I am sure there are other things I have learned that I won’t even realize until much later, but I can say that I think I am on a completely different level in my teaching and design work. And it’s not just the notches in the belt – Moodle skills, social software skills, etc. It is an enhanced connection between theory and practice that I think is the result of having time to take what I knew, what I wanted to know, and what I found in the research and also practice its application to the design of a course.  Very powerful. Thank you.




What I learned about learning

I knew a great deal about how people learn when I started this course, but I took this opportunity to dig deeper and find more nuances. I also did a lot of research on the relationship between games and learning which turned out to be quite rich. I had first been introduced to gaming ideas in my spring semester when I took the Teaching and Learning in Immersive Environments. I had expected to hate it, but instead it opened a door to a whole new way of thinking about learning. I am grateful that I was allowed to pursue this direction this semester by trying to redesign an existing course with gaming strategies.

What I discovered though was that you can’t just layer on game ideas and expect it to work. You have to know what you are trying to accomplish, what the similarities are between learning and game play, and surprisingly, how narrative fits in to the whole picture.

When Raph Koster states that “Fun from games arises out of mastery. It arises out of comprehension. It is the act of solving puzzles that makes games fun.”(p 40) I can easily recognize my own narrative. Any time I can learn something I will – it is, as I have stated in earlier posts, an “extreme sport”  for me. But for my students the same “puzzle” that intrigues me, can read as “noise” to them, which makes them bored and they quit. These gaming concepts speak to that which educators have discussed for years – meeting students where they are, establishing relevance, and fostering engagement in the way content is delivered.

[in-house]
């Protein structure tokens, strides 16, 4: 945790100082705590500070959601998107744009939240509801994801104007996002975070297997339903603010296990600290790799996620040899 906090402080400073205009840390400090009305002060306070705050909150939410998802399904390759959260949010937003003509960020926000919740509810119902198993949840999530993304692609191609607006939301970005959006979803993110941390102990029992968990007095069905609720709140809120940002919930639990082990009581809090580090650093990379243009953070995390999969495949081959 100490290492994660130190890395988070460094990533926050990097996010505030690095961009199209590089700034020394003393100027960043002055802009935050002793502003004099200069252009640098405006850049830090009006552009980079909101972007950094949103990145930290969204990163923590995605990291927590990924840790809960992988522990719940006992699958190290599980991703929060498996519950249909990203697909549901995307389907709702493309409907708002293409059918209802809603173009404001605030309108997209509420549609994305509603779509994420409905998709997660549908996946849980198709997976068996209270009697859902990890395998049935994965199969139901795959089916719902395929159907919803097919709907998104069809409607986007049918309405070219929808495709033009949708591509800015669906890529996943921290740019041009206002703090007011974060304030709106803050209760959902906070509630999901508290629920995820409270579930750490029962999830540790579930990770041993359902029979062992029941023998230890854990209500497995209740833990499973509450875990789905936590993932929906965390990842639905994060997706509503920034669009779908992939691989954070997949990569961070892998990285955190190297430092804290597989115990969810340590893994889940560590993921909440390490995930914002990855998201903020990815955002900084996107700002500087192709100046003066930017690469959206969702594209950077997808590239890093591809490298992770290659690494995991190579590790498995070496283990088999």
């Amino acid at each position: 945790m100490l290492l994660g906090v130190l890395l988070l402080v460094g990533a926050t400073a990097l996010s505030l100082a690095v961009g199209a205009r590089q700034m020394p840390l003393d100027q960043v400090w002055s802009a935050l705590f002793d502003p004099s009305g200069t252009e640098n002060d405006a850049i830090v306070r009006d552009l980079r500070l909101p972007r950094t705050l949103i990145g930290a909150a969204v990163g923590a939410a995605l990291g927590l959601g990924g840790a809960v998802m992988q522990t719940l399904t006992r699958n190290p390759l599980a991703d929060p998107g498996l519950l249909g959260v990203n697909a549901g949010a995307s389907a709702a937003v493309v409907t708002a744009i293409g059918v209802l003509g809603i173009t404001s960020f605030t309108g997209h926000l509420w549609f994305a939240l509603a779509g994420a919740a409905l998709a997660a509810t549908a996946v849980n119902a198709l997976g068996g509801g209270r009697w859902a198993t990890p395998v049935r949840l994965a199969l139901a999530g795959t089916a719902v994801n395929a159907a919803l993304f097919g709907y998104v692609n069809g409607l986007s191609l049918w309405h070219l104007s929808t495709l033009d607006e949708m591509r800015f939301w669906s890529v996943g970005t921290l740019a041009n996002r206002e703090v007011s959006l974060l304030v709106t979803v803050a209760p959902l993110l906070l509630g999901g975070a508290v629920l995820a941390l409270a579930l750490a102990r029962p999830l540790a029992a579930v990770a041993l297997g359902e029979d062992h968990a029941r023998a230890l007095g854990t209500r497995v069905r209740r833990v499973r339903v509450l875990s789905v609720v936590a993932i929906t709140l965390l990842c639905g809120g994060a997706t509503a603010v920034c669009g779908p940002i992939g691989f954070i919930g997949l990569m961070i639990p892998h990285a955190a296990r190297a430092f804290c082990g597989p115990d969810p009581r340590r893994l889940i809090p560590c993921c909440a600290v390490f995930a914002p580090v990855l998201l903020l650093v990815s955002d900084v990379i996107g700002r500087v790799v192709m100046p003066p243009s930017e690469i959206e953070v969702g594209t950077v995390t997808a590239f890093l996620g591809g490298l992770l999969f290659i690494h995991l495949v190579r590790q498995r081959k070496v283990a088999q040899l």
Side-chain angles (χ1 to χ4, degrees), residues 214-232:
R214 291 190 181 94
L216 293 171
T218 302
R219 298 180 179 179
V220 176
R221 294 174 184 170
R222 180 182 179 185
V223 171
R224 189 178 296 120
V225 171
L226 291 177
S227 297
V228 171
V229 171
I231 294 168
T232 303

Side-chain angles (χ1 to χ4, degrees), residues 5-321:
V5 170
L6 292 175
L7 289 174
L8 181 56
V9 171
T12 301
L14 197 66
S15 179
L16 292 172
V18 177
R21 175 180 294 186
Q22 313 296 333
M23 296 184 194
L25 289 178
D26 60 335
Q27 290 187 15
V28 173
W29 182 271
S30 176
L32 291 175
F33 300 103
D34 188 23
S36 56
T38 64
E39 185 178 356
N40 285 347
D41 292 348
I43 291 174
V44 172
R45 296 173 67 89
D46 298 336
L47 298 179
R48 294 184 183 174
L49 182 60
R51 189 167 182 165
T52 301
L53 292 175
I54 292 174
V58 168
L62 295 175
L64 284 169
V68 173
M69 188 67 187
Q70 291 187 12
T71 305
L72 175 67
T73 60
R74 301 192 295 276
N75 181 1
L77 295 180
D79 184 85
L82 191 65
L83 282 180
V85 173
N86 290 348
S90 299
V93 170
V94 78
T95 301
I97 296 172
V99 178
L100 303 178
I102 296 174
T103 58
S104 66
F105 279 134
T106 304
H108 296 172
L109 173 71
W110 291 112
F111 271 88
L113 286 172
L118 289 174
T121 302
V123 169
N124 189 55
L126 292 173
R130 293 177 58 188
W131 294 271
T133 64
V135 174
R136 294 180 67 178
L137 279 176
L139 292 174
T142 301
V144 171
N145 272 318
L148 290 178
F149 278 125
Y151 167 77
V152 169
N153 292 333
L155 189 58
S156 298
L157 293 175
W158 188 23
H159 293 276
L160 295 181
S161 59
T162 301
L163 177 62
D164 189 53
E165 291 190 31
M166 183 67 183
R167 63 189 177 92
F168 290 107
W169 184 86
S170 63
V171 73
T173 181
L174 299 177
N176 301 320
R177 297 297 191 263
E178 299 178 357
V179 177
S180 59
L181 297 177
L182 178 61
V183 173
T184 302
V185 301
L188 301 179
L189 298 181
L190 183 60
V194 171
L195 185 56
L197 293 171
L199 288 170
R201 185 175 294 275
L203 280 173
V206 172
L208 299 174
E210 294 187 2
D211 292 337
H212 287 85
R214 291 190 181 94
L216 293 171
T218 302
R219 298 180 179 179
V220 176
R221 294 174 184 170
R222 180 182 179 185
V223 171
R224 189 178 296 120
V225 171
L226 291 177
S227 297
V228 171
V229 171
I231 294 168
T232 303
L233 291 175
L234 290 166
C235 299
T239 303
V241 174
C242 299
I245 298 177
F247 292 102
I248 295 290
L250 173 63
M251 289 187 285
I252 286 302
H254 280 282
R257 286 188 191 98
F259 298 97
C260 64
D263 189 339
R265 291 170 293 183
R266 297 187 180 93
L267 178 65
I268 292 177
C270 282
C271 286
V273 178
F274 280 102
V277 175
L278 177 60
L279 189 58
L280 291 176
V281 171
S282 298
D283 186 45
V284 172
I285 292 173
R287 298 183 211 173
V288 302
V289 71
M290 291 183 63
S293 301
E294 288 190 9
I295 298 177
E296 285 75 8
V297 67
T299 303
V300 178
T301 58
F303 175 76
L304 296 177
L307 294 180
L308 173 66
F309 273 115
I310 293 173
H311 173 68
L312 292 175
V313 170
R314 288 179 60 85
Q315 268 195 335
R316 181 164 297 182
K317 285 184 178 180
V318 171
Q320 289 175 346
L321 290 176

Exploring gamification I have increased my toolkit for engaging students at multiple levels. I feel I will be more vigilant about tapping into their basic human need for challenge, while attending to their narratives. Their storylines were not always part of my approach, but now I will be watching for those.

The online environment, which I considered a superior teaching environment to the f2f classroom as soon as I was using it, is very well suited to the kind of differentiation that attending to student narratives requires. Gamification can tap into deeper and more basic human motivations as I encourage them to engage with content. Mastery can become its own reward over time, even if it needs a few badges to get things on track at the start.

My understanding of the CoI model was very helpful as I explored the JISC REAP assessment material. I see now that the ideas of using assessment to support engagement and empowerment will require a change in my courses. To support these deeper learning components, I need to add more reflection. I was surprised to see that self-regulated learning is best supported with peer activity and hope that my newly designed collaborative activities will work in this way. It will be something I will be monitoring. I think the gamification relationship to this is probably the use of collaboration or team/guild type activities. Working together they learn to self-regulate and “level up” to master ever more difficult challenges.

Learning about learning will never conclude for me. I was delighted to locate new research and new models and have the opportunity to spend time integrating them into my own professional toolkit. I look forward to building on these in the future.


Koster, Raph, and Will Wright. Theory of Fun for Game Design. New York: Paraglyph, 2004. Web